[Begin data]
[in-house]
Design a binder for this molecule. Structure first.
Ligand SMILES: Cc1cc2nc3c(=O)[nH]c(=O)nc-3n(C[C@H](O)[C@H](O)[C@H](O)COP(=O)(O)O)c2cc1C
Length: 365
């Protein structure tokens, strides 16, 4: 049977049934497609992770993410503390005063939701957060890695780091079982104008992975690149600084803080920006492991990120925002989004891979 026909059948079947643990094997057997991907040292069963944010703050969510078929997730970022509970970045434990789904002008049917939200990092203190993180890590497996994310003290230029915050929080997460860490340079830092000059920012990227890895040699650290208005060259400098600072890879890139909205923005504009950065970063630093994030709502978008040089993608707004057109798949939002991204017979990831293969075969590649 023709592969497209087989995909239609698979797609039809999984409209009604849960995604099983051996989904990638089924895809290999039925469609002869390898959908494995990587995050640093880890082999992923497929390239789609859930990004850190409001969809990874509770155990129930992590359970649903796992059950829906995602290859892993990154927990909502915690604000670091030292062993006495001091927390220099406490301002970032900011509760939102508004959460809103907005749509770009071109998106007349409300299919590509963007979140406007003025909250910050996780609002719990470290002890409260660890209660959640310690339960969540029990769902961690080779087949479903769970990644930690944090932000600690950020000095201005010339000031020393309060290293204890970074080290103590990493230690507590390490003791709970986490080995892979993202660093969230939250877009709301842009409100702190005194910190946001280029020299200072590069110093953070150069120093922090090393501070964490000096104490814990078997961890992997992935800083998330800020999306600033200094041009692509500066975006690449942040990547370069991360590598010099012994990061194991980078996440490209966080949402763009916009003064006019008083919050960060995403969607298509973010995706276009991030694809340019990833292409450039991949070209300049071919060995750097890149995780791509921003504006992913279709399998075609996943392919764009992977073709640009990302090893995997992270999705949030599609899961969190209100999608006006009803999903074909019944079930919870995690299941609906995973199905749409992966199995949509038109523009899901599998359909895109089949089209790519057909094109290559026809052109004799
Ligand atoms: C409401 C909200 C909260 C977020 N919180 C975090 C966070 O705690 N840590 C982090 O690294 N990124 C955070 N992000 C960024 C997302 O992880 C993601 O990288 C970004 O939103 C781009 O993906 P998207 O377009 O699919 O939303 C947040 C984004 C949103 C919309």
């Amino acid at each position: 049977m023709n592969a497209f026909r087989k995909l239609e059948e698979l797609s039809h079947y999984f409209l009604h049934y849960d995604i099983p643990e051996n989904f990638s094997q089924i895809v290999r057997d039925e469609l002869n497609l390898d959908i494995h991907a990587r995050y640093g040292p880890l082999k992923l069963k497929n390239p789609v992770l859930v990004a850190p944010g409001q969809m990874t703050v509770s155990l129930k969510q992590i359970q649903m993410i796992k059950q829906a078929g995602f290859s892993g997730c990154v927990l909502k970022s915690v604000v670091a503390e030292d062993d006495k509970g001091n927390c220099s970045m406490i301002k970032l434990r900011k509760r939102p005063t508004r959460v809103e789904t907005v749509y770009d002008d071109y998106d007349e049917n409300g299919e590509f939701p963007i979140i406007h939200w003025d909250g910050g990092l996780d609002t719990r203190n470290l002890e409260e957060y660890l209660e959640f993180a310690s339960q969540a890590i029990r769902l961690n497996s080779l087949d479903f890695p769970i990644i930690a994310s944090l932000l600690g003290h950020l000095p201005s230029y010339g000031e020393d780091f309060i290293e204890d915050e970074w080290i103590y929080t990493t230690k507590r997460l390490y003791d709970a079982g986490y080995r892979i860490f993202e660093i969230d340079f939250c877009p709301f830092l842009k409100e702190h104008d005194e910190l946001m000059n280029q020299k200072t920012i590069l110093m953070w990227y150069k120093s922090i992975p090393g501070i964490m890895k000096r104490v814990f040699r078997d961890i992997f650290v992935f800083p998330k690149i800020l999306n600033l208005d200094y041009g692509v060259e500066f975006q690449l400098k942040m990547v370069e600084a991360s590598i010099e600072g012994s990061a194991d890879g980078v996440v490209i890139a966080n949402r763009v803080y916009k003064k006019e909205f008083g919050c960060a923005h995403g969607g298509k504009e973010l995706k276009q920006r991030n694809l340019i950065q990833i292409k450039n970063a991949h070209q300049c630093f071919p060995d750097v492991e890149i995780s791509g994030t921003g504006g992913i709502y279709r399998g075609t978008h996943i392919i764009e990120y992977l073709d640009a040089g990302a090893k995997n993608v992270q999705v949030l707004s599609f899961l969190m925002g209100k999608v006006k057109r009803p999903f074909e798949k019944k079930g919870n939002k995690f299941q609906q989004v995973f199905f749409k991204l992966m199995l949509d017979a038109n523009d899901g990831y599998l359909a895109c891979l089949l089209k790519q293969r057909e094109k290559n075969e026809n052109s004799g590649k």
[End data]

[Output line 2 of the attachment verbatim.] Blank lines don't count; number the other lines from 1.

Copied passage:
Design a binder for this molecule. Structure first.